By Paul Tennant
---- — NORTH ANDOVER — For years, a large buildup of ice in the parking lot at 85 Flagship Drive has posed a danger to the people who work or do business there, according to Mark Scollard, who owns one of the companies in the building.
The solution, Scollard said, was to clean out and improve a drainage ditch that runs along the rear and one side of the parking lot. So the 85 Flagship Drive condo association – each business owns its space, so there is not a single owner for the entire property – went ahead and hired a contractor to perform the work.
Sediment from the ditch, however, began to flow into nearby wetlands, according to Conservation Administrator Jennifer Hughes. An anonymous caller reported the situation to the Conservation Department and Heidi Gaffney, conservation field inspector, visited the site, Hughes said.
When Hughes reported the wetland violation to the Conservation Commission last week, members made it clear the problem had to be corrected.
“We want it fixed,” said Conservation Commission member Albert Manzi Jr., who noted the wetlands near Flagship Drive feed Mosquito Brook, which in turn is part of the watershed for the Ipswich River. Manzi pointed out that the commission has the power to fine a business or homeowner that causes a wetland violation.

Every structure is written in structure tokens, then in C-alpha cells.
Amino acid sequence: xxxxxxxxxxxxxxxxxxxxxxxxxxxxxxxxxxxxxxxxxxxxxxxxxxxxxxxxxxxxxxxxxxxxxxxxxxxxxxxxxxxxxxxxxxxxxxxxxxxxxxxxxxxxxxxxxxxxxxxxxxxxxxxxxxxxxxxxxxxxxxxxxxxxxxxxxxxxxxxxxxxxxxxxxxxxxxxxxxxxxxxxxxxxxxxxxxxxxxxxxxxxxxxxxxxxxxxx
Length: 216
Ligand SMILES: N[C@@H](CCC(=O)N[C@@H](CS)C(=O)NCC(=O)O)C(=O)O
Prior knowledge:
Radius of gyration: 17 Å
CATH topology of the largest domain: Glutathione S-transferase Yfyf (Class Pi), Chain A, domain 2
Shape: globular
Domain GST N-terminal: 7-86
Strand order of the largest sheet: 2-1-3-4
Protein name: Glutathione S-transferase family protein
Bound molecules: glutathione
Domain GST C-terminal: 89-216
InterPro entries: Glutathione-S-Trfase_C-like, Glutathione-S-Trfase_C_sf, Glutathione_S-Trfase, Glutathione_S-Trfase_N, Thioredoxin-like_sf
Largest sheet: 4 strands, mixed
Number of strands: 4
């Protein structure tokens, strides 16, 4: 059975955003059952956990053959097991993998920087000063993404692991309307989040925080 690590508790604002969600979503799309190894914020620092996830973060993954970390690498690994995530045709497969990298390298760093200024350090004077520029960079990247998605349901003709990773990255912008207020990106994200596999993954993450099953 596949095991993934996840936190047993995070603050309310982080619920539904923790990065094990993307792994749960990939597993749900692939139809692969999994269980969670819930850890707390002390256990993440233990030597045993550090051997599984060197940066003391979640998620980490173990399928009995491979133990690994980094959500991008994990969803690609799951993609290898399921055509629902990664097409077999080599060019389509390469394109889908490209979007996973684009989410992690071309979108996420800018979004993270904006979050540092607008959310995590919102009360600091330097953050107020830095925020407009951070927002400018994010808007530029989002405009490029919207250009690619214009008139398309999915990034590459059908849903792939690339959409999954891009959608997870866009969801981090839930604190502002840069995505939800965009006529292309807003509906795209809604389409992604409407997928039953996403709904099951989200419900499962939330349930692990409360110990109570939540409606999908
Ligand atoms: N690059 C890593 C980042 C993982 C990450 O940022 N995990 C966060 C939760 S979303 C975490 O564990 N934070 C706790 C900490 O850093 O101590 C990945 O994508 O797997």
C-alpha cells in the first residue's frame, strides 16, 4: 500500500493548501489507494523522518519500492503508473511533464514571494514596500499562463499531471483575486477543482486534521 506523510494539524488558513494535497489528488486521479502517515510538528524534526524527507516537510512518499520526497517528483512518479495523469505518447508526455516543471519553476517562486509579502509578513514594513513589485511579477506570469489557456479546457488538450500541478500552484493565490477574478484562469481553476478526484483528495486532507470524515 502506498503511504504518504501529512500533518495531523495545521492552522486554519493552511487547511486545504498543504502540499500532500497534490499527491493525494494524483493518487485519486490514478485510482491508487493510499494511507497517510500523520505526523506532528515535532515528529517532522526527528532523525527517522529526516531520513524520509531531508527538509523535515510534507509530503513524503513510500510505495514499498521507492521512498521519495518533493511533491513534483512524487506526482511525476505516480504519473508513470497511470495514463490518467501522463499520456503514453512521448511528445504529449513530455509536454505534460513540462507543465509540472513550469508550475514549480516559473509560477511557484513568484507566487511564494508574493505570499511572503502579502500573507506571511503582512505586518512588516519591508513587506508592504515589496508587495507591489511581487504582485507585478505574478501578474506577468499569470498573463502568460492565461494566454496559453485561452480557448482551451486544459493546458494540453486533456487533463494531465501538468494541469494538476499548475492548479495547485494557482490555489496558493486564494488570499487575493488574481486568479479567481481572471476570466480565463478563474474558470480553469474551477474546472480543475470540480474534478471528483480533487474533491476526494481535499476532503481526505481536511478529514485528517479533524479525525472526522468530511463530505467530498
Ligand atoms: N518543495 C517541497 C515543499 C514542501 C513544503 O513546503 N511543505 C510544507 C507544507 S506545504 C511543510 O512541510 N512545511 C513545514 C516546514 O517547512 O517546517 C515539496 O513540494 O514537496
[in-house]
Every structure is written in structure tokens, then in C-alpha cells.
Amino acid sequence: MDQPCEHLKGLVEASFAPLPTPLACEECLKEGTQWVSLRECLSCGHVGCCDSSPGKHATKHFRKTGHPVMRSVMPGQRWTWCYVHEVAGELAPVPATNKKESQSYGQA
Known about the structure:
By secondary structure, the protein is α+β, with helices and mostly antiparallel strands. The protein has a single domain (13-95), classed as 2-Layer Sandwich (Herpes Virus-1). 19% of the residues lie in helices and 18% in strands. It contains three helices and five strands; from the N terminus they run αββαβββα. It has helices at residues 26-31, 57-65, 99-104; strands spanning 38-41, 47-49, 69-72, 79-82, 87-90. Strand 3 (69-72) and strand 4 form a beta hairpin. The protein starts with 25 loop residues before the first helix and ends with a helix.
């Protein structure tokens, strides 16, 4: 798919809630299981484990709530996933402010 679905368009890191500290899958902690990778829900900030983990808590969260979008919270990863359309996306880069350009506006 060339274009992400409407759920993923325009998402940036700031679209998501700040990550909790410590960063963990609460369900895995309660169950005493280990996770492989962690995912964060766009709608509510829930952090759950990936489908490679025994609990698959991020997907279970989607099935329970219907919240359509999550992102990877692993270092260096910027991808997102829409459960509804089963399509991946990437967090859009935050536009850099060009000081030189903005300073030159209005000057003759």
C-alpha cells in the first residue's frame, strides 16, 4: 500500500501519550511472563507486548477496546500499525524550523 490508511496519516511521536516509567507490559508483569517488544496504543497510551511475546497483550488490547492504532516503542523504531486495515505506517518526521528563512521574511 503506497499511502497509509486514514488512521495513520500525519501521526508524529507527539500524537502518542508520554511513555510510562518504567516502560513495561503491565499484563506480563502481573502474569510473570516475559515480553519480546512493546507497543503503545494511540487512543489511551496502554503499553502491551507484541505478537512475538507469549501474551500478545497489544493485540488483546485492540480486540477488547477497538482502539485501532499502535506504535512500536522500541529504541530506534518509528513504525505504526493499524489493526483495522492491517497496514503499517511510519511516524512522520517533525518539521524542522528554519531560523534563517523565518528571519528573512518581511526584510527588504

“I think I have my marching orders,” Hughes said.
The next day, Scollard, president of the 85 Flagship Drive condo association, told The Eagle-Tribune he and other business owners at the site are aware of the problem and will fix it by adding three-quarter-inch stone to the ditch – the very solution Manzi recommend the previous evening.
The three-quarter-inch stone will filter out the sediment from the water before it flows into the wetlands, Manzi said.He said a load of this material is relatively inexpensive.
Hughes said Friday that Scollard had sent her an email saying the condo association was correcting the problem. Scollard owns and operates Cal-Pak Inc., a firm that designs, sells and installs packaging equipment.
The drainage ditch was built 30 years ago and in recent years was not properly maintained, he said.
“It was like a pond out there,” he said, when the ditch filled up and water spilled into the parking lot.
When it froze, it was dangerous, he noted. Scollard said the condo association will make sure the sediment from the ditch is kept out of the wetlands.
“Hopefully everybody will be happy,” he said.
Hughes said she and the commission recommend that landowners inform the Conservation Department before digging or performing work on a drainage ditch that discharges water into wetlands.